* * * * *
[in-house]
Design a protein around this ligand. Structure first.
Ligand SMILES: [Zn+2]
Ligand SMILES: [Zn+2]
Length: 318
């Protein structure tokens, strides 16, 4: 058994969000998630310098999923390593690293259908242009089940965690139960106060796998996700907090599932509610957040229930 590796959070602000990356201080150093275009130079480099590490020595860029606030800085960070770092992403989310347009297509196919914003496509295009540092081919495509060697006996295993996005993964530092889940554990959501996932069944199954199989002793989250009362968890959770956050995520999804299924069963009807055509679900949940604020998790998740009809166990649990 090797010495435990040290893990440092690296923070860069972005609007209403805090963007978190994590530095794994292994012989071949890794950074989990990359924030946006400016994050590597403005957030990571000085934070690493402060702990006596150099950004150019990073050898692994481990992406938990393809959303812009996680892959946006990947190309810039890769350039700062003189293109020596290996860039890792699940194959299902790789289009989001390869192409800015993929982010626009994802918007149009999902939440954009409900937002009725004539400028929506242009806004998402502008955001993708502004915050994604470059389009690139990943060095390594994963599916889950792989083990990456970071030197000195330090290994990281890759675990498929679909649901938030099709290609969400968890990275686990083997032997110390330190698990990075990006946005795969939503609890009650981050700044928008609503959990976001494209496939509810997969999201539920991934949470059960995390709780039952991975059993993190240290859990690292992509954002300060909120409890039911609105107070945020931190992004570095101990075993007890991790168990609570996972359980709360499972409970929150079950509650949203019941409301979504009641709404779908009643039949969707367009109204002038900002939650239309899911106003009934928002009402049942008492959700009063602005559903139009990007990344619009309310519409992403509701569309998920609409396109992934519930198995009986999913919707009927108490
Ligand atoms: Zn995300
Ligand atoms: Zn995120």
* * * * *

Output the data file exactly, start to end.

[in-house]
Design a protein around this ligand. Structure first.
Ligand SMILES: [Zn+2]
Ligand SMILES: [Zn+2]
Length: 318
């Protein structure tokens, strides 16, 4: 058994969000998630310098999923390593690293259908242009089940965690139960106060796998996700907090599932509610957040229930 590796959070602000990356201080150093275009130079480099590490020595860029606030800085960070770092992403989310347009297509196919914003496509295009540092081919495509060697006996295993996005993964530092889940554990959501996932069944199954199989002793989250009362968890959770956050995520999804299924069963009807055509679900949940604020998790998740009809166990649990 090797010495435990040290893990440092690296923070860069972005609007209403805090963007978190994590530095794994292994012989071949890794950074989990990359924030946006400016994050590597403005957030990571000085934070690493402060702990006596150099950004150019990073050898692994481990992406938990393809959303812009996680892959946006990947190309810039890769350039700062003189293109020596290996860039890792699940194959299902790789289009989001390869192409800015993929982010626009994802918007149009999902939440954009409900937002009725004539400028929506242009806004998402502008955001993708502004915050994604470059389009690139990943060095390594994963599916889950792989083990990456970071030197000195330090290994990281890759675990498929679909649901938030099709290609969400968890990275686990083997032997110390330190698990990075990006946005795969939503609890009650981050700044928008609503959990976001494209496939509810997969999201539920991934949470059960995390709780039952991975059993993190240290859990690292992509954002300060909120409890039911609105107070945020931190992004570095101990075993007890991790168990609570996972359980709360499972409970929150079950509650949203019941409301979504009641709404779908009643039949969707367009109204002038900002939650239309899911106003009934928002009402049942008492959700009063602005559903139009990007990344619009309310519409992403509701569309998920609409396109992934519930198995009986999913919707009927108490
Ligand atoms: Zn995300
Ligand atoms: Zn995120």